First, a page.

“How to talk to your daughter about her body, step one: don’t talk to your daughter about her body, except to teach her how it works. Don’t say anything if she’s lost weight. Don’t say anything if she’s gained weight.
If you think your daughter’s body looks amazing, don’t say that. Here are some things you can say instead:
“You look so healthy!” is a great one.
Or how about, “you’re looking so strong.”
“I can see how happy you are – you’re glowing.”
Better yet, compliment her on something that has nothing to do with her body.
Don’t comment on other women’s bodies either. Nope. Not a single comment, not a nice one or a mean one.
Teach her about kindness towards others, but also kindness towards yourself.
Don’t you dare talk about how much you hate your body in front of your daughter, or talk about your new diet. In fact, don’t go on a diet in front of your daughter. Buy healthy food. Cook healthy meals. But don’t say “I’m not eating carbs right now.” Your daughter should never think that carbs are evil, because shame over what you eat only leads to shame about yourself.
Encourage your daughter to run because it makes her feel less stressed. Encourage your daughter to climb mountains because there is nowhere better to explore your spirituality than the peak of the universe. Encourage your daughter to surf, or rock climb, or mountain bike because it scares her and that’s a good thing sometimes.
Help your daughter love soccer or rowing or hockey because sports make her a better leader and a more confident woman. Explain that no matter how old you get, you’ll never stop needing good teamwork. Never make her play a sport she isn’t absolutely in love with.
Prove to your daughter that women don’t need men to move their furniture.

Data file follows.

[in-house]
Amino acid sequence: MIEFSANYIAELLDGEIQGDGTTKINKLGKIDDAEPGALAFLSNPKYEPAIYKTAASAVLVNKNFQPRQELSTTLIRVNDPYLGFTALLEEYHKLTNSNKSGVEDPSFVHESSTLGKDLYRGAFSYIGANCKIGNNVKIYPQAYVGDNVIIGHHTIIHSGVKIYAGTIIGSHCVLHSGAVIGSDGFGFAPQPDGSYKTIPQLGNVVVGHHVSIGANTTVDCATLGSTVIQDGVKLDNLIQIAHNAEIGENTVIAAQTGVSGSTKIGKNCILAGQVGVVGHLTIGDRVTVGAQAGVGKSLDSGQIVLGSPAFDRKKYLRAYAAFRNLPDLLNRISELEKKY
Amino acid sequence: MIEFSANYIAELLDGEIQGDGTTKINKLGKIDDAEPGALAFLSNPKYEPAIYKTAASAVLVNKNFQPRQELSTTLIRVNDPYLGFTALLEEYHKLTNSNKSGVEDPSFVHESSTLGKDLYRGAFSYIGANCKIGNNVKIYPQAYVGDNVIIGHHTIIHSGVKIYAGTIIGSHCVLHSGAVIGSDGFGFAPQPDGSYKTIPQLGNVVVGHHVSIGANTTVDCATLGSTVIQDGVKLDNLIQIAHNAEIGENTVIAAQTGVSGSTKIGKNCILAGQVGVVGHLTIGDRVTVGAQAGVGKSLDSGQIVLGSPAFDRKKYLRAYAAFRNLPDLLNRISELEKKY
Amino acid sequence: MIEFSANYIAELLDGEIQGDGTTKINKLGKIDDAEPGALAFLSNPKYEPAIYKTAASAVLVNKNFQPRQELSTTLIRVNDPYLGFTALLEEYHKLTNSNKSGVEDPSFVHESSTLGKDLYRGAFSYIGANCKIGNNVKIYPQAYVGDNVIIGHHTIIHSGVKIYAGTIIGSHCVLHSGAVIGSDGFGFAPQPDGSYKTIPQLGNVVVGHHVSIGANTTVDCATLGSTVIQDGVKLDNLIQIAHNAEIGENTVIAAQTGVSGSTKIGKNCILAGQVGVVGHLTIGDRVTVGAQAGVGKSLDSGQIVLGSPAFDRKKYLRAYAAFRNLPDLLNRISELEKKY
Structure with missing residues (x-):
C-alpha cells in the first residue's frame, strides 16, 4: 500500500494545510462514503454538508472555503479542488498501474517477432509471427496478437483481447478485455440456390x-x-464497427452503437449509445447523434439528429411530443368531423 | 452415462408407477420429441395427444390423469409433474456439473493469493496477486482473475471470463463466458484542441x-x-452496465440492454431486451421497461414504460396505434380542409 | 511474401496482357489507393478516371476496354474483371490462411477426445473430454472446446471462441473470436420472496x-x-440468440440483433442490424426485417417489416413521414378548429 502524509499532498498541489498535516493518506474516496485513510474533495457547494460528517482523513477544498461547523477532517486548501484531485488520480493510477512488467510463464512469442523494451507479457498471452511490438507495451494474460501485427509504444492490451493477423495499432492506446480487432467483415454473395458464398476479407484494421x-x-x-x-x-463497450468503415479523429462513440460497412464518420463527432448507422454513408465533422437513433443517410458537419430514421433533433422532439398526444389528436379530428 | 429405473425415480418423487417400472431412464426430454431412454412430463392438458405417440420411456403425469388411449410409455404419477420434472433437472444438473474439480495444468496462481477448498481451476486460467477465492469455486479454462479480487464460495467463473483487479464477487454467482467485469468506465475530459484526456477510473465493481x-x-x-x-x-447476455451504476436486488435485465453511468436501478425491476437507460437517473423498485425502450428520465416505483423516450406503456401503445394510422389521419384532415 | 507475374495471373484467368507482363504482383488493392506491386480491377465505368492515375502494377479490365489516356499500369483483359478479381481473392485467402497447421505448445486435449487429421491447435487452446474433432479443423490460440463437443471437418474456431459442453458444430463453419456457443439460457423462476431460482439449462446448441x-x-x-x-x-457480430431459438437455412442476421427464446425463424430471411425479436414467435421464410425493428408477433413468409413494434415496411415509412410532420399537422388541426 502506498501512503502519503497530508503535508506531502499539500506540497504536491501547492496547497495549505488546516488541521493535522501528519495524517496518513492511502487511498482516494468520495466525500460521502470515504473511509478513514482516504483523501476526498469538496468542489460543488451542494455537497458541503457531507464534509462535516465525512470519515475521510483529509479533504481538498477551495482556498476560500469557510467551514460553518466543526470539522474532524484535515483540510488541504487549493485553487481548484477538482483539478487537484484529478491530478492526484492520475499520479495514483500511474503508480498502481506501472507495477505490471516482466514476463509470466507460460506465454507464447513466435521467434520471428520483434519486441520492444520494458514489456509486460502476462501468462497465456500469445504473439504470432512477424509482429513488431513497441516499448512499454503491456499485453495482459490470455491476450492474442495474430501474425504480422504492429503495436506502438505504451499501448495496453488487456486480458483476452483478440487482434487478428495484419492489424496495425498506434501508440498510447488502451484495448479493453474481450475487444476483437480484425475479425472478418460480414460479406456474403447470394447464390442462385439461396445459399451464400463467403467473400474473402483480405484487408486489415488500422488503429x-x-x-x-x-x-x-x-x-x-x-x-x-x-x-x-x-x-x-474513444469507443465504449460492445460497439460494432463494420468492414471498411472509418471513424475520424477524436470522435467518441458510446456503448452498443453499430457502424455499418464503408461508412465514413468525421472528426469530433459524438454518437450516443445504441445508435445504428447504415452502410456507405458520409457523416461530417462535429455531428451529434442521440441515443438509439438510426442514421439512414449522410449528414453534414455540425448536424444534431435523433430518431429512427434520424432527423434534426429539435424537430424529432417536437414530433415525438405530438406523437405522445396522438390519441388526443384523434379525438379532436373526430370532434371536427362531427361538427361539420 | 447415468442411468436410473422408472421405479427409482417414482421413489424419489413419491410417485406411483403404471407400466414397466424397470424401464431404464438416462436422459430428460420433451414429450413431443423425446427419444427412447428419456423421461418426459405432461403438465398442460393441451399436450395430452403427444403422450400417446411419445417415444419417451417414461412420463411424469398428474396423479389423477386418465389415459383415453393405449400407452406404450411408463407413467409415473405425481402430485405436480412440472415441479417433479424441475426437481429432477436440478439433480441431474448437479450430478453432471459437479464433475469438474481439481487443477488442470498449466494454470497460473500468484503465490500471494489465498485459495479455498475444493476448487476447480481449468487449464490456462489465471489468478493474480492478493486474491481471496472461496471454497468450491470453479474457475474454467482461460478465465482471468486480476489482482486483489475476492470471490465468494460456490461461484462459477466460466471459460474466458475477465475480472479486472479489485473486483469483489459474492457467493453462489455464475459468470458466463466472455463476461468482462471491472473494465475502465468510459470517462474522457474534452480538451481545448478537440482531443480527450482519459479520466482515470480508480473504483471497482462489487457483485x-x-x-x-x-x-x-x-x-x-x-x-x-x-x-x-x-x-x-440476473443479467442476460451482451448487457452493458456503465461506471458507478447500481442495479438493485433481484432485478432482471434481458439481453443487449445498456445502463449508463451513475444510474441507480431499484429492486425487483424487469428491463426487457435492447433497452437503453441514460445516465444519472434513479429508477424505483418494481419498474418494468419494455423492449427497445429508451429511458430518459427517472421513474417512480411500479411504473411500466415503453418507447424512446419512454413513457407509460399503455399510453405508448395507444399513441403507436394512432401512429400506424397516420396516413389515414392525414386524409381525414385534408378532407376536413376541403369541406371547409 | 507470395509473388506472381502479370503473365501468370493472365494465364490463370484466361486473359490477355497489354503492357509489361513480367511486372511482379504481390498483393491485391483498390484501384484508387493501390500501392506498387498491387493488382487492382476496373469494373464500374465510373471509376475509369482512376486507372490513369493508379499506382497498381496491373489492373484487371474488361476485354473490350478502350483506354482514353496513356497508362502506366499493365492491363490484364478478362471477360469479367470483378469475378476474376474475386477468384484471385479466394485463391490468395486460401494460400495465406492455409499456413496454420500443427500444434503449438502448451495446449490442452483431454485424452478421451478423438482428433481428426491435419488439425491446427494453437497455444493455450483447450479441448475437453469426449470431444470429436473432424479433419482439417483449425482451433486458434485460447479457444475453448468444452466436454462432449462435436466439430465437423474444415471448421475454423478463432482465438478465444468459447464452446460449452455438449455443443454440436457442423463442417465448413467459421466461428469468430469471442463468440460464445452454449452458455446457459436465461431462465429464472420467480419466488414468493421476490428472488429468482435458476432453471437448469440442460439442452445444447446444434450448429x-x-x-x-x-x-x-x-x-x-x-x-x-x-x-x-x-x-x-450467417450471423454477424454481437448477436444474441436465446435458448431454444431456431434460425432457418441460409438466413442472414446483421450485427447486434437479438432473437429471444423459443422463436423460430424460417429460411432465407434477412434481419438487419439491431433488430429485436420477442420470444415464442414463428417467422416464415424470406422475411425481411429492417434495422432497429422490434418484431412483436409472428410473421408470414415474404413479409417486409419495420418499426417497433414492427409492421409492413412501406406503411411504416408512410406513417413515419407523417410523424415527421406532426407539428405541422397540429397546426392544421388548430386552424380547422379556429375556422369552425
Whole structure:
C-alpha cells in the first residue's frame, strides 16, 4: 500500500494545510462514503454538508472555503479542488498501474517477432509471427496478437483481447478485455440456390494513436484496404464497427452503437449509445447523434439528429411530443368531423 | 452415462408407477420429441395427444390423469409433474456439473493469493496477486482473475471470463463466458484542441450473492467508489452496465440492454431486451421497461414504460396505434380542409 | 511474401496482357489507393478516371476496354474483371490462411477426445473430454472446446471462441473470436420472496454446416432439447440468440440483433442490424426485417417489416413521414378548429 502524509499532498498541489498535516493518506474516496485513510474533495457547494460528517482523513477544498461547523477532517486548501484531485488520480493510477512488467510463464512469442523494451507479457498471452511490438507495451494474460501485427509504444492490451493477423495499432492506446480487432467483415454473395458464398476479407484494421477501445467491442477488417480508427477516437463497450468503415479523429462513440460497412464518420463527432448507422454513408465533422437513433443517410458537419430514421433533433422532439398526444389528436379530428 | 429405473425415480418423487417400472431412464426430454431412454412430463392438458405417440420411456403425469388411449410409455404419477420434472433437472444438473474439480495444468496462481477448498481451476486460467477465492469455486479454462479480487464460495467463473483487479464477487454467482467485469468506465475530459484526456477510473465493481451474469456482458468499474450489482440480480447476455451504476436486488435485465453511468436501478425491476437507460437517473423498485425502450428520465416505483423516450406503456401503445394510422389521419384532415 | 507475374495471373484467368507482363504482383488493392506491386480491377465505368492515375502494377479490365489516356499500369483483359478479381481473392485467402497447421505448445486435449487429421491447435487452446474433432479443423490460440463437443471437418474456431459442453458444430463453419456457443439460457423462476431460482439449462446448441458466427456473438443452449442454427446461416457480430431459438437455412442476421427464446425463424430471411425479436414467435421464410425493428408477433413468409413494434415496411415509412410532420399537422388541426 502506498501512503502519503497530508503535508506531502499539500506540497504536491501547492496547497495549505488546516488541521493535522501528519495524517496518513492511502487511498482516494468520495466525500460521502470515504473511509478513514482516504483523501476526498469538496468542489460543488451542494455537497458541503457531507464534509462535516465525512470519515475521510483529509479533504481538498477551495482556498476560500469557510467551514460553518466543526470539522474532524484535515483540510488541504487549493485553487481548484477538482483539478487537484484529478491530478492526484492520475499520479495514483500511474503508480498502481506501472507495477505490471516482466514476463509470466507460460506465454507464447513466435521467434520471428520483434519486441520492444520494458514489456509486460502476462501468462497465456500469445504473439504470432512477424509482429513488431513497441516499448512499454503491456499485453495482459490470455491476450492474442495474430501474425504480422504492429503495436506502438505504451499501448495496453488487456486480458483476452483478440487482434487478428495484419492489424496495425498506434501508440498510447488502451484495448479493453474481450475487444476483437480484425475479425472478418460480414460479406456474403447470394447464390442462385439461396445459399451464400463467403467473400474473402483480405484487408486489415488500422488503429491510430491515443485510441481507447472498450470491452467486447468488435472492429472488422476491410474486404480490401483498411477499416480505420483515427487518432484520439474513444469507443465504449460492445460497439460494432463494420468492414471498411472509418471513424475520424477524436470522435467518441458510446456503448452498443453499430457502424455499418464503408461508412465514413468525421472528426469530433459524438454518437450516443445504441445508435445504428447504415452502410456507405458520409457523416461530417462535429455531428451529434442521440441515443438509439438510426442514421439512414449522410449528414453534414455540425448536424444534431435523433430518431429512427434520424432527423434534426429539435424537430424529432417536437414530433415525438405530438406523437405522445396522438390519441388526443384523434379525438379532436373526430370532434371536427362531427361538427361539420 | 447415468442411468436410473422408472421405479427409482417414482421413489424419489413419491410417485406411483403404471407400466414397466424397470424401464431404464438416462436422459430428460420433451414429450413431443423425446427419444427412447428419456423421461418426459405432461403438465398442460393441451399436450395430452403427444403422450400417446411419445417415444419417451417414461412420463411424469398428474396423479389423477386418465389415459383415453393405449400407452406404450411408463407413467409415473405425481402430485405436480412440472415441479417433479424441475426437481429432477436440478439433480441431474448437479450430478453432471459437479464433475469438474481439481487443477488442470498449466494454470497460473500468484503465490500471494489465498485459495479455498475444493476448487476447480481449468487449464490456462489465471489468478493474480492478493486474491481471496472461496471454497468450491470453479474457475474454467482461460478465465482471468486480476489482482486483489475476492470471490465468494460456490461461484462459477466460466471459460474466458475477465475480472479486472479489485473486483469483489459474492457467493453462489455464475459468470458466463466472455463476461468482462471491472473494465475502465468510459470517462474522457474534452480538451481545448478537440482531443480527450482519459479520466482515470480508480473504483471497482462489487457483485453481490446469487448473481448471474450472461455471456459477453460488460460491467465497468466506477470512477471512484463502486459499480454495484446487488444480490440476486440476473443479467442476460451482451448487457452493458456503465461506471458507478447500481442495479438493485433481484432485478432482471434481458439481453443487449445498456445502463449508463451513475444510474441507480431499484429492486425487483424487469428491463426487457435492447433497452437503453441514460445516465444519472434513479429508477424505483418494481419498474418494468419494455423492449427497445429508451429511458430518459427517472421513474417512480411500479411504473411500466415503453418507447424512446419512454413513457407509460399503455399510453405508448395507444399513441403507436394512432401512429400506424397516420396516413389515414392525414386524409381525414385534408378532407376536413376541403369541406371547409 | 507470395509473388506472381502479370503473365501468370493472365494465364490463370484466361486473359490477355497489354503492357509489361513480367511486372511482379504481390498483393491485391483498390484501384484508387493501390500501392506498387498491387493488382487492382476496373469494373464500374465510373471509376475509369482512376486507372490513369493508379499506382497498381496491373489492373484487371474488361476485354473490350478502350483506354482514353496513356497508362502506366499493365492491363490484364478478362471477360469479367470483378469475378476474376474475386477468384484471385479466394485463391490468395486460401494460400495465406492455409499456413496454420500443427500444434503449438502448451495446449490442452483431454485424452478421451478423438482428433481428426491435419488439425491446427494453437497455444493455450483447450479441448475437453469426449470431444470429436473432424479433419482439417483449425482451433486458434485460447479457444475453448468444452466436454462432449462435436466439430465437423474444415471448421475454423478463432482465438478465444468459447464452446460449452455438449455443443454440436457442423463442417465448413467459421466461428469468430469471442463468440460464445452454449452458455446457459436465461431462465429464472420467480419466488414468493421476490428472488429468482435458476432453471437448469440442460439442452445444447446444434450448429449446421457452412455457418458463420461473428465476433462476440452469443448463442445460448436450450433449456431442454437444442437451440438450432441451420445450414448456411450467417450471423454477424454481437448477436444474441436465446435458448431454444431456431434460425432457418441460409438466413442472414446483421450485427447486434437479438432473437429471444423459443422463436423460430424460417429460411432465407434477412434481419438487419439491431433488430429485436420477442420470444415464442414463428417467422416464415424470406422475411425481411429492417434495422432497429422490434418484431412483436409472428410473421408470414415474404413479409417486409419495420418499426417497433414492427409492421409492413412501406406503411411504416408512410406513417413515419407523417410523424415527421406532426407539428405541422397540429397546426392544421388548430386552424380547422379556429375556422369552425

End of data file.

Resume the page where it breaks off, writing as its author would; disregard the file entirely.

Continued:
Teach your daughter how to cook kale.
Teach your daughter how to bake chocolate cake made with six sticks of butter.
Pass on your own mom’s recipe for Christmas morning coffee cake. Pass on your love of being outside.
Maybe you and your daughter both have thick thighs or wide ribcages. It’s easy to hate these non-size zero body parts. Don’t. Tell your daughter that with her legs she can run a marathon if she wants to, and her ribcage is nothing but a carrying case for strong lungs. She can scream and she can sing and she can lift up the world, if she wants.
Remind your daughter that the best thing she can do with her body is to use it to mobilize her beautiful soul."
wow well this made me fucking bawl my eyes out
That’s rape culture. This is what environments that assume sex is unambiguously a good thing do. Saying, “It’s consensual sex that’s good” doesn’t actually fix the problem. It just creates a situation where you must be consenting to sex, because if you aren’t, you’re not having enough sex and then you’re “sex-negative”.
See, it only fixes a problem where you’re like, “Well I don’t really want to do this right now”. It does not do anything at all to help people who find sex painful. It does nothing at all to help a person who doesn’t want sex, but thinks they do because it’s been so heavily normativized they have to have sex, and have to have it in this specific way. All the, “But make sure it’s consensual!” thing does is tells the person, “Well maybe if you don’t want sex this time it’s okay, but remember you still must be having it some of the time!”
See, to actually fight rape culture you need to say “Sex is always optional. You are never obligated to have sex.” You must always be concerned with consent, and that means you must accept that the answer may very well always be no, despite the fact there’s this belief sex is the greatest thing ever.
And if someone never wants sex, then sex can’t really be a good thing to them, because it’s always unwanted."
Really like this. We need to find ways of transforming real sex positivity to promote choice in sex, not uncritically promote sex itself. (via swankivy)
This. All of this. (via elementalsight)
This is something that I really believe in and I dislike that “sex-positive” has such bad history and current problems as well. When I first learned about it, I really thought about it was focused on what this passage is describing, that it is okay to want sex and it is okay to not want sex. Hopefully, my followers know I am all for whatever a person is comfortable with.
Alan Shapiro, pediatrician and cofounder of immigrant youth clinic, Terra Firma
I posted last week asking people if they knew of some good resources for male victims of sexual assault. Here is the list people came up with: